anCnoc Peter Arkle

anCnoc Peter Arkle

It’s always interesting to see drinks industry/art collaborations. Alcohol and artists go back a long way, and I think it is a relationship that works well. Firstly, I imagine if you were to ask a cross section of artists, they would at least mention alcohol once in their creative process. A bottle of wine, a glass of scotch. These are what get the creative juices flowing.

Look at Absinthe. Picasso actually attributed Absinthe at more than one point to his inspirations. I mean even some of his art is named after Absinthe! The Absinthe glass for instance.

The relationship is strong for many reasons, including business reasons. The artist gets to design a label for a brand (normally something a bit different from their day to day routine), artist gets paid (artists have to be able to afford food to continue their work!), artist gets promoted to new audience via brand and artist normally gets a fair amount of their chosen drop as a compensation and something to contribute to their next piece of art. Brand gets a very nice label design, gets some PR and gets something to add to their brand heritage.

Look at other brands. Somerset Cider Brandy managed to get Damien Hurst to design their packaging for their 20 year old. Chateux Mouton Rothschild commission a famous artist to design a label for every vintage, and they have been doing this since 1945 (Andy Warhol, Francis Bacon, Lucien Frued being examples)

Now, on to Peter Arkle and anCnoc. anCnoc is made by Knockdhu, a distillery on the eastern fringes of Speyside that uses predominantly ex-bourbon casks to mature quite a complex spirit. This bottling is a collaboration between New York based (Penicuick born) artist and illustrator, Peter Arkle and anCnoc, which is part of an artists series of limited edition bottlings. Here is a sample of Peter’s illustrations:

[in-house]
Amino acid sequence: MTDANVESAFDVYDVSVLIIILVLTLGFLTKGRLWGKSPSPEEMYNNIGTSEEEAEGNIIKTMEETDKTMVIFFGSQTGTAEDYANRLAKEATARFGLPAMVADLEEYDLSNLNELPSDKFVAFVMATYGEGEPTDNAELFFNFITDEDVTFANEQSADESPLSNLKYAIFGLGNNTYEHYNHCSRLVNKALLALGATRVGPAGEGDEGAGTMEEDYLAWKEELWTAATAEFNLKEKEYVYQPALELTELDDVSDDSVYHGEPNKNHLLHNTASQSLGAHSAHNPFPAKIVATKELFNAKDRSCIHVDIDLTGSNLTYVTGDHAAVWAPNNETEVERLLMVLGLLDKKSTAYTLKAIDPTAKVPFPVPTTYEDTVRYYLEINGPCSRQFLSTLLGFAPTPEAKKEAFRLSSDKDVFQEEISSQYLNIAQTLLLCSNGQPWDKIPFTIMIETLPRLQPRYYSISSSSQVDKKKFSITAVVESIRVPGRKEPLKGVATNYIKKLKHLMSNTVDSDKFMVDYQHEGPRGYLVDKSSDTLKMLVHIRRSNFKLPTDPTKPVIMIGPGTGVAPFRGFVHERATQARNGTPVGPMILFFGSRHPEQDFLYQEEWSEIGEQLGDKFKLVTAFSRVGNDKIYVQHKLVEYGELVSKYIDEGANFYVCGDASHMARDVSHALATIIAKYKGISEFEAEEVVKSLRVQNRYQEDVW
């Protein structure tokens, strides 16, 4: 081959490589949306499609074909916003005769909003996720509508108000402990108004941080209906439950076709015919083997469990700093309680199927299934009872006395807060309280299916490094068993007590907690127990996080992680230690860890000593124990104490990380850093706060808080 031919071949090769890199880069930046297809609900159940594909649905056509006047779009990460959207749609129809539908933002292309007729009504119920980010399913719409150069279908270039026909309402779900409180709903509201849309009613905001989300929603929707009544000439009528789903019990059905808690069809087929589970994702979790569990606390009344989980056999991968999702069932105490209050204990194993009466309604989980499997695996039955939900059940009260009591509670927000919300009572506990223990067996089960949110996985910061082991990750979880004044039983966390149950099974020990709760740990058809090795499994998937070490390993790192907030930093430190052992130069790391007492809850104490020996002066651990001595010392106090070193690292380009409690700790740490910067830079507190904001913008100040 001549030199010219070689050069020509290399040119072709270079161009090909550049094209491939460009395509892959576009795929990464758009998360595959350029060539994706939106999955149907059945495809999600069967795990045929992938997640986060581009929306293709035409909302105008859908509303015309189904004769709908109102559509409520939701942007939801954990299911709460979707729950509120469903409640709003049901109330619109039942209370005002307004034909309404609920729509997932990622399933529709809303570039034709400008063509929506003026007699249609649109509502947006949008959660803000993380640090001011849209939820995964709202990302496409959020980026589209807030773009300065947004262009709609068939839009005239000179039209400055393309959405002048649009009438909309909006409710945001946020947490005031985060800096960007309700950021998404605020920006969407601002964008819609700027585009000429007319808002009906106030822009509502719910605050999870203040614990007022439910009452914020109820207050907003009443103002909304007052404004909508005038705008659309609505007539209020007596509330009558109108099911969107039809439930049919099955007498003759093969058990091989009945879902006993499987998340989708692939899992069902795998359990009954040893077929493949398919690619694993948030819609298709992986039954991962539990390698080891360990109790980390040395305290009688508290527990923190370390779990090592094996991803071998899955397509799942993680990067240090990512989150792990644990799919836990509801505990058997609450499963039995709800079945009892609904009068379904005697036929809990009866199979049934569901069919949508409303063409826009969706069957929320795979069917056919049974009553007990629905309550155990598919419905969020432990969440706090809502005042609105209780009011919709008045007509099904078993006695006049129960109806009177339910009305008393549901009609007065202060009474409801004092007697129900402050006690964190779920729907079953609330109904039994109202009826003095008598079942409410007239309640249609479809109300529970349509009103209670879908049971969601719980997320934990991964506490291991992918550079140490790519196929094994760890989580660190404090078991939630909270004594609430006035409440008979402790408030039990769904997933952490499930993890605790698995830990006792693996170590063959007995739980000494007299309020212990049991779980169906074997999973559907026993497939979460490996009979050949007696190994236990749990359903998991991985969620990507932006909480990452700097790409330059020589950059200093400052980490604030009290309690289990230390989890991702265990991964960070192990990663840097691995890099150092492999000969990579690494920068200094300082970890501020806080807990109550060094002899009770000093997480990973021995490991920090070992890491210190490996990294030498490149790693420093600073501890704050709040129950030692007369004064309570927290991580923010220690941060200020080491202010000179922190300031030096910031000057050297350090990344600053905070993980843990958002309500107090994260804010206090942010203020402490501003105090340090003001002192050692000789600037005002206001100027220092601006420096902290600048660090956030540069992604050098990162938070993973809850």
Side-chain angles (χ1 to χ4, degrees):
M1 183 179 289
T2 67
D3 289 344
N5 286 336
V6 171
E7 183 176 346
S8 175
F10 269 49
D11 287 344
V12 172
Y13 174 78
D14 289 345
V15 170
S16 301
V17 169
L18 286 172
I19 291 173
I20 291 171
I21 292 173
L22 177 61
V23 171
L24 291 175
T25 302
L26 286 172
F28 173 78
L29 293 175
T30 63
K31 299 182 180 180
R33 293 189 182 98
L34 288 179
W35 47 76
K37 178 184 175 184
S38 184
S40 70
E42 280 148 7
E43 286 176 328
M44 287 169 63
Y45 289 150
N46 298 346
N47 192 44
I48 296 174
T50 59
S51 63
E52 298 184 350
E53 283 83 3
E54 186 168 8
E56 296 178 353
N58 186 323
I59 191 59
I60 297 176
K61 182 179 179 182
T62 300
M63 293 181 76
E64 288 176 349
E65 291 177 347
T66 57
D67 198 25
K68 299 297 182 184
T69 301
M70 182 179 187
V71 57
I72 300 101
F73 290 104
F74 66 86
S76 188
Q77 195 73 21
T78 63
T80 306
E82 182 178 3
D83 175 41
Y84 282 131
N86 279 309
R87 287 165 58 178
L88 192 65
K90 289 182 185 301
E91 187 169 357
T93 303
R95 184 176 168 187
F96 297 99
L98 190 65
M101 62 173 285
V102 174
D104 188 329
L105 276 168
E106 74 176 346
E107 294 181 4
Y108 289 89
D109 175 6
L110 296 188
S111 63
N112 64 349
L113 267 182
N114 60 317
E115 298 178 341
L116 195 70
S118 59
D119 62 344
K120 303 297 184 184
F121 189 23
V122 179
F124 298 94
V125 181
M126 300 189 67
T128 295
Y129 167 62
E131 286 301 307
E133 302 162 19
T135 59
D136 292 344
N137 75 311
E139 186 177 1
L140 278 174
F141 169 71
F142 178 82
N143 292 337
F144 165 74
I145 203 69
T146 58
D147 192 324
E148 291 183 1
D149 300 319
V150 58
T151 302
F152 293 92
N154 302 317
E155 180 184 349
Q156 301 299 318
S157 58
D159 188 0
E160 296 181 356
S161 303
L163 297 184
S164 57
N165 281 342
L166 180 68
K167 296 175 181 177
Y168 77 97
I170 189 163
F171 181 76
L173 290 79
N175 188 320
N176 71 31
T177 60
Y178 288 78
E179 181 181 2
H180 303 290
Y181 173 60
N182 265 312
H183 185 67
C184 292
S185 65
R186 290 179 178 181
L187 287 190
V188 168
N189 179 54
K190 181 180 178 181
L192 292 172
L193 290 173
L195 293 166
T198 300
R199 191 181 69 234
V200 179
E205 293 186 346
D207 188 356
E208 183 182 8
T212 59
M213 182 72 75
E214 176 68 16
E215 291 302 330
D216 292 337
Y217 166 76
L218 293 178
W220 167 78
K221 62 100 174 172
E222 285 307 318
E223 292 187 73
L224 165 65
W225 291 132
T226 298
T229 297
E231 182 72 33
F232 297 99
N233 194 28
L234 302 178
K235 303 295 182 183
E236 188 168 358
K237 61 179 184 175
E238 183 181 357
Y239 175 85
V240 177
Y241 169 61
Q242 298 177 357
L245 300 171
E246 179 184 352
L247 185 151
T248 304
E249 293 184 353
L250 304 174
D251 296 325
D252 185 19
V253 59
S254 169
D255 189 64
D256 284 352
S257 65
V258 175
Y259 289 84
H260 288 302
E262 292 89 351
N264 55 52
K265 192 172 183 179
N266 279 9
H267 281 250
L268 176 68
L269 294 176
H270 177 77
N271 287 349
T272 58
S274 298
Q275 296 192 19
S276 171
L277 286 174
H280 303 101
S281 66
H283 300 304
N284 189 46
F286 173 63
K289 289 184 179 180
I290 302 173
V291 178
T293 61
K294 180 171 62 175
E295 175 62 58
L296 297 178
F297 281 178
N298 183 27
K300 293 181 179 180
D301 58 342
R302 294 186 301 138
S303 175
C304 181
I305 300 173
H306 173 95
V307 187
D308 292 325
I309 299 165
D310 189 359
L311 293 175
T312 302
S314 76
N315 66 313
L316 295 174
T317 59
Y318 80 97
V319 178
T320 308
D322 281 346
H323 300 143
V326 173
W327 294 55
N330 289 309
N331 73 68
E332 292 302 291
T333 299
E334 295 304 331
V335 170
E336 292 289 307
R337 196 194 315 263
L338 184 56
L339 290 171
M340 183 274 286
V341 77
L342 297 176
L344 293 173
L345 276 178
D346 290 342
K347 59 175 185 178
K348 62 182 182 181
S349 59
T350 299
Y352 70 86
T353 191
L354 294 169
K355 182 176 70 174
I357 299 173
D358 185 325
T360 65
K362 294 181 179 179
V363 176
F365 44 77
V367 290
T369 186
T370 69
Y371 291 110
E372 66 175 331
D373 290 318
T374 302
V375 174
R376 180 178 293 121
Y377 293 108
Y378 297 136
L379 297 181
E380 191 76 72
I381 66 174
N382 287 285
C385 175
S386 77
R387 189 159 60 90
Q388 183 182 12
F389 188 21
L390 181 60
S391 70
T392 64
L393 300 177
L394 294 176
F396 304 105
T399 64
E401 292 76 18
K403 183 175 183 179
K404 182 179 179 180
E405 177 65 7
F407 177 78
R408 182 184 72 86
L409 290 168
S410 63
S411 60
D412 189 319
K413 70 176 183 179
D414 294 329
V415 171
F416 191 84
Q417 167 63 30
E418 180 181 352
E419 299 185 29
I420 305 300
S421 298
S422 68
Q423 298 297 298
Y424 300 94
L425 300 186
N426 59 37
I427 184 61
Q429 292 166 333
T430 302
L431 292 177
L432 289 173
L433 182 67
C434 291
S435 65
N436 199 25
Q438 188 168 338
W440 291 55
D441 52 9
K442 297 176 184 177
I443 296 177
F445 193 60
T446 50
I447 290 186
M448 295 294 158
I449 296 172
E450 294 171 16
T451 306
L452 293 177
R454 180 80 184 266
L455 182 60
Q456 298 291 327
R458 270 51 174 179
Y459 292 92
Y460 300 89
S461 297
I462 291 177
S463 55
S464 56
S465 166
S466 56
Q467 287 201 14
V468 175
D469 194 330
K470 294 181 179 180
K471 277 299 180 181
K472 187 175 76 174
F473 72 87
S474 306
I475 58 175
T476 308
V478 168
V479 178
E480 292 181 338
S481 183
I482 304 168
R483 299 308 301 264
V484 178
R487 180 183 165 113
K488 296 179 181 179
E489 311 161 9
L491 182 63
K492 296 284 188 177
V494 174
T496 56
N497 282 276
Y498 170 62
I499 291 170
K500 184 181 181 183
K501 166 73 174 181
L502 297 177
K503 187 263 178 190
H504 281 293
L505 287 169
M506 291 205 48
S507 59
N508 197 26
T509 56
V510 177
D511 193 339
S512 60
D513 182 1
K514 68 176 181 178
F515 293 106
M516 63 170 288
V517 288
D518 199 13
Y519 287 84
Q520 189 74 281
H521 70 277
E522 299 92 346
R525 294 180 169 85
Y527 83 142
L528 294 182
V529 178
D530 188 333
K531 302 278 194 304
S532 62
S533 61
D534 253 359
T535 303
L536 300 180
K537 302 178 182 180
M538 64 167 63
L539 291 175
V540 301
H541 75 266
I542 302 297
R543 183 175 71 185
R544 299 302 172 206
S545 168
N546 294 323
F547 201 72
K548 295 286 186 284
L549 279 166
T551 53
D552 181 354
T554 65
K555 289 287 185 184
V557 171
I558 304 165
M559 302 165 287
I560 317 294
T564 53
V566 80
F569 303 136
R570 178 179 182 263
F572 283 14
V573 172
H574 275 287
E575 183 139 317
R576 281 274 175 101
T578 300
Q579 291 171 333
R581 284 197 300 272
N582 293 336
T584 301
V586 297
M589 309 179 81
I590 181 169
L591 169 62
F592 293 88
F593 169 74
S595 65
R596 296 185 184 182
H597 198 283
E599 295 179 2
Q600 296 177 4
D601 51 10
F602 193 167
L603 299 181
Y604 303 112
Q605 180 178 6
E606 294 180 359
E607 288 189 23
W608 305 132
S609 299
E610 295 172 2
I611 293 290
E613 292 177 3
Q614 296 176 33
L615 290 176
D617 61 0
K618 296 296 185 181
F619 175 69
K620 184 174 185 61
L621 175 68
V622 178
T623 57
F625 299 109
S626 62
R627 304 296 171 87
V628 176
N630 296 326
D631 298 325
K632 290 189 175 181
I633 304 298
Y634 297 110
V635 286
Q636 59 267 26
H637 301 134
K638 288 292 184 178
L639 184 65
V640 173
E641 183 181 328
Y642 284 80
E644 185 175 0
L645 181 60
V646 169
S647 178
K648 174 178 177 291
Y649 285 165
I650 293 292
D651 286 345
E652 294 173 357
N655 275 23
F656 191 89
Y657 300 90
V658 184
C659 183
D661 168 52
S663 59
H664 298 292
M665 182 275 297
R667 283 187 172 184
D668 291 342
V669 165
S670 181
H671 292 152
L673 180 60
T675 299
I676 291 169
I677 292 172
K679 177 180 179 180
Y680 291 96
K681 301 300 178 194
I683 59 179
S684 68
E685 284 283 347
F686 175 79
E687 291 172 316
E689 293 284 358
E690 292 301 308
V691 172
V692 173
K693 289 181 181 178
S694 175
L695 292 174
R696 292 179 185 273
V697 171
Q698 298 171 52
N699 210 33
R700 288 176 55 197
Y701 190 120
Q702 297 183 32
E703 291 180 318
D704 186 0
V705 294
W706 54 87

Peter has drawn for Nike, The New Yorker, Apple and Mens Health among others. His label design, which you can see just below, is made up of five pictures which represent the different elements of whisky; malted barley, spring water, heat, yeast, time & MAGIC!!

What’s unusual about this bottling is that it is ex-sherry casks, which is something anCnoc normally doesn’t do. It is between 8 and 12 years old. I find it complex, fruity, woody and meaty. I like a “dirty” dram, but someone super sensitive to sulphur may not like this one. The kind of person who hates the smell of matches or fireworks. It is a tiny note, and I don’t mind it, but many hate it. I have been dramming with it all week in my shop, Drinkmonger Bruntsfield, and it has been really well received by customers.

It is exclusively on sale at Royal Mile Whiskies, so buy it here if you so wish.


Question: What do you folks think of the label? Comments below please.

Chris Hoban

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